African Film Festival Inc. (New York), founded by Mahen Bonetti of Sierra Leone, who is Executive Director, releases Through African Eyes Volume 2: Conversations with the Directors, December.

29 December 2010

Through African Eyes: Conversations with the Directors Volume 2

Announcing the African Film Festival (New York) release of Through African Eyes: Conversations with the Directors, Volume 2. The African Film Festival (New York) was founded by Mahen Bonetti of Sierra Leone, who is the Executive Director.

From back cover:

Survey African cinema through candid, revealing conversations with thirty of its most vibrant and innovative voices!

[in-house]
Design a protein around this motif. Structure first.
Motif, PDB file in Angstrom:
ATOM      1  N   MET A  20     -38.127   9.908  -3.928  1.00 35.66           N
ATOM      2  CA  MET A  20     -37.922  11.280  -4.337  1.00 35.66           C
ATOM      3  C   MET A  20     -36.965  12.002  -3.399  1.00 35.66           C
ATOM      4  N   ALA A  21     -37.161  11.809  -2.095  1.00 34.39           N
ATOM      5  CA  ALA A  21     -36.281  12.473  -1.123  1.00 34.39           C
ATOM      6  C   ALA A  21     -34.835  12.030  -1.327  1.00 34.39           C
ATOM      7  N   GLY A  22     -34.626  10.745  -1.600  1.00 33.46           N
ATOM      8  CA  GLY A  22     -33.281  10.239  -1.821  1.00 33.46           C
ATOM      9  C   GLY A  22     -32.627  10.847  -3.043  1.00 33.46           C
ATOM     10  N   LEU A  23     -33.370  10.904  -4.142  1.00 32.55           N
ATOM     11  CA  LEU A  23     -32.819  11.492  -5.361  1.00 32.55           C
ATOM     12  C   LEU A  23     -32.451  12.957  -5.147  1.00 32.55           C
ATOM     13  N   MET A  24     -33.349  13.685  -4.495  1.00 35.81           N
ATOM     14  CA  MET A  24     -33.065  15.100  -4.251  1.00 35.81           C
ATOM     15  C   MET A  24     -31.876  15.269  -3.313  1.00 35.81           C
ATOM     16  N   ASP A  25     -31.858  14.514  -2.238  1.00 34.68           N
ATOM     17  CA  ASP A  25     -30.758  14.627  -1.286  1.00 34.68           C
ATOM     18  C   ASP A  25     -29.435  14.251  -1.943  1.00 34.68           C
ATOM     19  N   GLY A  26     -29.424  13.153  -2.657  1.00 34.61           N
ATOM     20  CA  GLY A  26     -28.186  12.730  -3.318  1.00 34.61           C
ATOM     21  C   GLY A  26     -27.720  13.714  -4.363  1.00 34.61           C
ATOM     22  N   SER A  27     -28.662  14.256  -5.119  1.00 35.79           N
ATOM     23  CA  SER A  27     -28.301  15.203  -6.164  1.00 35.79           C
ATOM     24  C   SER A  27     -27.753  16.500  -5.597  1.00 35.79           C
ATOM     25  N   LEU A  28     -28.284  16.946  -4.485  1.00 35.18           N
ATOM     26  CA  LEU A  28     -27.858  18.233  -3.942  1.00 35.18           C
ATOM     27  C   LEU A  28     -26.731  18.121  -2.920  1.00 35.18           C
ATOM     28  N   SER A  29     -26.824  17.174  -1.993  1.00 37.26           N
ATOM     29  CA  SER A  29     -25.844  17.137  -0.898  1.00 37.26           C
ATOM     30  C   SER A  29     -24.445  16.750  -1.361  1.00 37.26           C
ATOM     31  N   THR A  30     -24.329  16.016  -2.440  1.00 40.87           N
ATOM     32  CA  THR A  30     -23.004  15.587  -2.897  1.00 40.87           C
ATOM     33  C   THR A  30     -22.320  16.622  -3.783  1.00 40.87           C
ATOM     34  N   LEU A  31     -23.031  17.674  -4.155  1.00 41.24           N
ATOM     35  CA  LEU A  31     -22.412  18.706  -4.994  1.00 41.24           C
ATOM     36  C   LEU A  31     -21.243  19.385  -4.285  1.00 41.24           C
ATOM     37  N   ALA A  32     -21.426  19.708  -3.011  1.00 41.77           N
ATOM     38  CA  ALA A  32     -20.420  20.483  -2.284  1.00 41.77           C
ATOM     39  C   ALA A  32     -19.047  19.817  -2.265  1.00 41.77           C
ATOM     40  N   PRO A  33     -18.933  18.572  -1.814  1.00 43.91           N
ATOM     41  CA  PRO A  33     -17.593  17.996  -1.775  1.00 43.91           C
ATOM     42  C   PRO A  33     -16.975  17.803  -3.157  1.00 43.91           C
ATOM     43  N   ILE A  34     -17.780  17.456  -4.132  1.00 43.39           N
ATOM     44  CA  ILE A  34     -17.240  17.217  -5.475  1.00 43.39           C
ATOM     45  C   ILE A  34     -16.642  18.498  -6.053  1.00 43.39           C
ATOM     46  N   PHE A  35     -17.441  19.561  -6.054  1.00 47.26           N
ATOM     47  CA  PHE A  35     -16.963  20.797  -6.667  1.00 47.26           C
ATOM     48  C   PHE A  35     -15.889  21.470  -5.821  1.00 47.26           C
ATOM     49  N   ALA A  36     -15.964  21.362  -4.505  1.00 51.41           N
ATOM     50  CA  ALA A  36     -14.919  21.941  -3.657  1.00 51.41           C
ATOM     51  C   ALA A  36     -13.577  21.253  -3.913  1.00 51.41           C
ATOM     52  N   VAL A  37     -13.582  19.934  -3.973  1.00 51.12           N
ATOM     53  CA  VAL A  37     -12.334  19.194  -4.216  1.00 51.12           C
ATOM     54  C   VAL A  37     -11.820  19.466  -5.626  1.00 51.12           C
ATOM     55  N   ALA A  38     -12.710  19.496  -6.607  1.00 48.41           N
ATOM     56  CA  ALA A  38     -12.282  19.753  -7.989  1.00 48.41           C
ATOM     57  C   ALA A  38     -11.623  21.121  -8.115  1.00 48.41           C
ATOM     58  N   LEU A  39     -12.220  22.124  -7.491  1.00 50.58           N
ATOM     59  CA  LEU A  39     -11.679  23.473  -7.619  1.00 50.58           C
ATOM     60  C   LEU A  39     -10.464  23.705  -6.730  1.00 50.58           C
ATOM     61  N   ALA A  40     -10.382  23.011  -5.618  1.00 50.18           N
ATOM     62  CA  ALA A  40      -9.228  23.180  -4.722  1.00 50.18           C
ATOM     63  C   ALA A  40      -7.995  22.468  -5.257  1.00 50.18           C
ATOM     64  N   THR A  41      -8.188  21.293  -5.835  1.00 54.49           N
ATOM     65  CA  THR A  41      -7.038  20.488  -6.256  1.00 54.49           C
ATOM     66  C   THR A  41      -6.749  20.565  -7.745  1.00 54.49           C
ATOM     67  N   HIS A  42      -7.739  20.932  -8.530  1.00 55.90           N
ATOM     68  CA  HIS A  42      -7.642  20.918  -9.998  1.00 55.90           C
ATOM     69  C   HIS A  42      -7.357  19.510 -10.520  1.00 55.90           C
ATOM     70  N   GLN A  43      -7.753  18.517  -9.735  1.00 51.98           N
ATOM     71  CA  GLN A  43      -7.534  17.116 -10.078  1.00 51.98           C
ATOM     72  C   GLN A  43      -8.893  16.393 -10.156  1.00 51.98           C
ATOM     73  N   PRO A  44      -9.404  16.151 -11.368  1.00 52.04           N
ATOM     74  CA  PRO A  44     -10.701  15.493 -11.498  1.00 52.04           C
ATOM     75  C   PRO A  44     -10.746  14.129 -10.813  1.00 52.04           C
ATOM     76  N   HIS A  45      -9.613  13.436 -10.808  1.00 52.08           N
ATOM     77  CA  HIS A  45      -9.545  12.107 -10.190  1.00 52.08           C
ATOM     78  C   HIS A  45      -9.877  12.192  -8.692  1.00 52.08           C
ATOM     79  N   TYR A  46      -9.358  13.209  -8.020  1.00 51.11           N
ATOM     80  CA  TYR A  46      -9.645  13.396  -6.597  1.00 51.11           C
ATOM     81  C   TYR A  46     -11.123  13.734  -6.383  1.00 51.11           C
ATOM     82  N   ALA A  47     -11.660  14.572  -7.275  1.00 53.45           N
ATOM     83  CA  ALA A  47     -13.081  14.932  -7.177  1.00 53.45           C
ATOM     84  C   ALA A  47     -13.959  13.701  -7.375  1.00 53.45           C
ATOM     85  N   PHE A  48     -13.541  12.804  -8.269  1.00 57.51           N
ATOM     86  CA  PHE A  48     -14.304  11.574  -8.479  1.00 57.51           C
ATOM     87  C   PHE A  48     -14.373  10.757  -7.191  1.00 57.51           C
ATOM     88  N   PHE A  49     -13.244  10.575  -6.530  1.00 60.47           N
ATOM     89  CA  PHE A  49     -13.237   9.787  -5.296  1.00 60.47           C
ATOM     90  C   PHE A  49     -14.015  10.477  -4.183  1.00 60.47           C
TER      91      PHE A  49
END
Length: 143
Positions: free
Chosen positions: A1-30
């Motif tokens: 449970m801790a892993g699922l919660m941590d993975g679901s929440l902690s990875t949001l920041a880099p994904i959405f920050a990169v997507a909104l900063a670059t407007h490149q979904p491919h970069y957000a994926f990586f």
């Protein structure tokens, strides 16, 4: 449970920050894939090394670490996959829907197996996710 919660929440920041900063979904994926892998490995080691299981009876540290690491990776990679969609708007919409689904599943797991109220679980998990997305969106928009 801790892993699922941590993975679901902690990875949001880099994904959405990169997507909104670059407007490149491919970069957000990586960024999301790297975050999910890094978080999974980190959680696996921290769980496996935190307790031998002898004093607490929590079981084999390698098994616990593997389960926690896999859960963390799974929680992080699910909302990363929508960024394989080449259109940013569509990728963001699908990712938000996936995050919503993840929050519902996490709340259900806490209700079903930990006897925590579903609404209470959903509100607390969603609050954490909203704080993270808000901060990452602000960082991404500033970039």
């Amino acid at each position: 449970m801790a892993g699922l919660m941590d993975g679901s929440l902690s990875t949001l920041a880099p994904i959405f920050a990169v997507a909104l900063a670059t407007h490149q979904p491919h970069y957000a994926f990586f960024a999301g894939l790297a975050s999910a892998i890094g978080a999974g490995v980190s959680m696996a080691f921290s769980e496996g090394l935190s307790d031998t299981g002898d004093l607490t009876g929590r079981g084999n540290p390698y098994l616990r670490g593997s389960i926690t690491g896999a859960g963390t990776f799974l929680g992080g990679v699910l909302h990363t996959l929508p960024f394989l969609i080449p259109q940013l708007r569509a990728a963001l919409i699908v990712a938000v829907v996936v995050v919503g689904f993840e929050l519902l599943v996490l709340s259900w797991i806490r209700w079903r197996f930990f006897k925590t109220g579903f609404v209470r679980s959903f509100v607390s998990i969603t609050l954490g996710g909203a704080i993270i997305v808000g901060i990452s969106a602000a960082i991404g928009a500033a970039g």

Volume 2 of African Film Festival, Inc.'s series, Through African Eyes, continues the conversation begun in 2003's Dialogues with the Directors. In Volume 2: Conversations with the Directors, thirty new voices join this dynamic discussion through one-on-one interviews and group conversations, exploring their own personal experiences and examining the landscape of African cinema fifty year after its inception. Together, they illuminate trends in African filmmaking, ranging from emerging regional film industries and evolving gender dynamics to the redefinition of the very term "African filmmaker."

Featured Interviews

Mahen Bonetti with Françoise Bouffault